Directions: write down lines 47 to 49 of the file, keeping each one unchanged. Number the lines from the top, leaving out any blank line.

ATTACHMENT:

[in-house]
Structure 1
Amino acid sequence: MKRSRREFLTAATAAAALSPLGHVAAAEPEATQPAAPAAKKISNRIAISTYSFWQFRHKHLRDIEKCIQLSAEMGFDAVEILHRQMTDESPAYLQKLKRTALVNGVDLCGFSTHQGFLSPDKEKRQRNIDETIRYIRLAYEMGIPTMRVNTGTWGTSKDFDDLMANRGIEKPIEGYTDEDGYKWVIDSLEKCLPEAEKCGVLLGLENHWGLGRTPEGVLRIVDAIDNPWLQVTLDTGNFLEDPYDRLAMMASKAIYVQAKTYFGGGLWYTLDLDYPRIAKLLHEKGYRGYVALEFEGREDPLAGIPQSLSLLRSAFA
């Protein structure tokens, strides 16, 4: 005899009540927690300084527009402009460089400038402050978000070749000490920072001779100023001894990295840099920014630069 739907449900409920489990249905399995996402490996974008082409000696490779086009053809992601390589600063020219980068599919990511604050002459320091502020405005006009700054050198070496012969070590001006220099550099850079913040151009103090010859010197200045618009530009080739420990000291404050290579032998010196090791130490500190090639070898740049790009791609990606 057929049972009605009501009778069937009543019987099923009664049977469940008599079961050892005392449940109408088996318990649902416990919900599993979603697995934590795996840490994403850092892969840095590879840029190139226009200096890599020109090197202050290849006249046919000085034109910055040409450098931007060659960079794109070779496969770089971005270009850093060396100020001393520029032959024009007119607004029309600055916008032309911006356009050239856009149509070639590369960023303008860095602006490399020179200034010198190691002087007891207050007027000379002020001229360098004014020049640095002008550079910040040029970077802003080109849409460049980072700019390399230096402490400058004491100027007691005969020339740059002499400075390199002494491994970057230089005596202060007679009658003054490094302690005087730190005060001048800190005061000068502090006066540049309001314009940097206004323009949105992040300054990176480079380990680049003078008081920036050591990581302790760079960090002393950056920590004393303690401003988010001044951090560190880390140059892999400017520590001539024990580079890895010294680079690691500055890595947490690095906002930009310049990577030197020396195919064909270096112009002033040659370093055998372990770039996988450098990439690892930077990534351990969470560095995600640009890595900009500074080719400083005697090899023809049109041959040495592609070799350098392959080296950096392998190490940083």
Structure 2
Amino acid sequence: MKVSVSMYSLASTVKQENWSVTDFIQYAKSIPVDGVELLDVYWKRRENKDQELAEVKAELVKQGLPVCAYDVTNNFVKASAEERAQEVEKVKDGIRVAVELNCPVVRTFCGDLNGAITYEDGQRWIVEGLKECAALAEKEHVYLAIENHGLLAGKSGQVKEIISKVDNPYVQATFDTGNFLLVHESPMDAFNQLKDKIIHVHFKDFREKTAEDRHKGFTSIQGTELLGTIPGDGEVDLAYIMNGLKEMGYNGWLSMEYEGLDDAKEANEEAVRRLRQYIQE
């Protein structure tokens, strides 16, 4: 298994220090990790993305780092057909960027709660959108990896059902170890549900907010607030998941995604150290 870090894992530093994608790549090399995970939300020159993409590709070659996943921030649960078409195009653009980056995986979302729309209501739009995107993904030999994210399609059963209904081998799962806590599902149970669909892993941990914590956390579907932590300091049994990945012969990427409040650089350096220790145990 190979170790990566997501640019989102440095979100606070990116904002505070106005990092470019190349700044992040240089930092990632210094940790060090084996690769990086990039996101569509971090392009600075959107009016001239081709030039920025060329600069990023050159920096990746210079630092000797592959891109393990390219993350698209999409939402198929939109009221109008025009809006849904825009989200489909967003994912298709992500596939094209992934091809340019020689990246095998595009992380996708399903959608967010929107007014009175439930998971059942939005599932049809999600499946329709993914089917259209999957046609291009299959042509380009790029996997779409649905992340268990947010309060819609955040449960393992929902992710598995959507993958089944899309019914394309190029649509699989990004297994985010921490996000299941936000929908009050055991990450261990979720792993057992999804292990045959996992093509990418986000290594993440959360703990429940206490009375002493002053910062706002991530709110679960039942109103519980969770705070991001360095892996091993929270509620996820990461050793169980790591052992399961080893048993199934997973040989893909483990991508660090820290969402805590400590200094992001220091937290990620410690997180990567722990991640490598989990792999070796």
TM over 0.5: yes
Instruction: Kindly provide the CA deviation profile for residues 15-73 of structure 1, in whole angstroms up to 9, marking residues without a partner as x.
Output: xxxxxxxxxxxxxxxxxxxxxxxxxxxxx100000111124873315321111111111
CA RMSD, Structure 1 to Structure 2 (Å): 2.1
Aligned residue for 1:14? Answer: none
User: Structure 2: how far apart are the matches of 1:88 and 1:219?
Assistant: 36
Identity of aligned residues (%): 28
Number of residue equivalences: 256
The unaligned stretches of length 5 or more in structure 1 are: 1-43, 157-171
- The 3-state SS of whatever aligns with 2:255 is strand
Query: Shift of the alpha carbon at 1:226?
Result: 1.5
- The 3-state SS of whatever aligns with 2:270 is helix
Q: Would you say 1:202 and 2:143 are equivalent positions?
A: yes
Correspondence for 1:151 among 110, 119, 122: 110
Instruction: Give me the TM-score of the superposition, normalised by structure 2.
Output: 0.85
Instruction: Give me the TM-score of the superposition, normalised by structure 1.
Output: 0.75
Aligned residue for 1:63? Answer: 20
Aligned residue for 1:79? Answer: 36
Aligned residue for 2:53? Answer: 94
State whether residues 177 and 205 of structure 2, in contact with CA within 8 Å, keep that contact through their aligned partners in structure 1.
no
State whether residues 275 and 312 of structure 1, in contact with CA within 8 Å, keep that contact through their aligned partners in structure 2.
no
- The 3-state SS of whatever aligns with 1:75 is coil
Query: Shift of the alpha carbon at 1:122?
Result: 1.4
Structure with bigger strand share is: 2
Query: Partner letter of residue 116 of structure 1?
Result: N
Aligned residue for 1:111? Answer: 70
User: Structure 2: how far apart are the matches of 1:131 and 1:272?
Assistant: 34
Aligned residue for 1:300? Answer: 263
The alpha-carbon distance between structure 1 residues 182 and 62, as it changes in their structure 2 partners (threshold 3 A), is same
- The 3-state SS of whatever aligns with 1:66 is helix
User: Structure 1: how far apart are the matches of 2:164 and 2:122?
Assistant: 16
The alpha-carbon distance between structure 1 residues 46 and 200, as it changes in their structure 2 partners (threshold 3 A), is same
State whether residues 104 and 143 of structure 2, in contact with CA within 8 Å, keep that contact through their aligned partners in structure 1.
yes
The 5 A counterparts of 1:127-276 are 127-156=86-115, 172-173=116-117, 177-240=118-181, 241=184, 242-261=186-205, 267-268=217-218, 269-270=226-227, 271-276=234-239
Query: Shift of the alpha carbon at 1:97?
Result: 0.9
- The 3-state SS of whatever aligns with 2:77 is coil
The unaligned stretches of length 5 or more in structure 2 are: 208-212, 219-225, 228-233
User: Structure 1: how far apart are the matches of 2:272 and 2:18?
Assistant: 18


- The 3-state SS of whatever aligns with 1:66 is helix
User: Structure 1: how far apart are the matches of 2:164 and 2:122?
Assistant: 16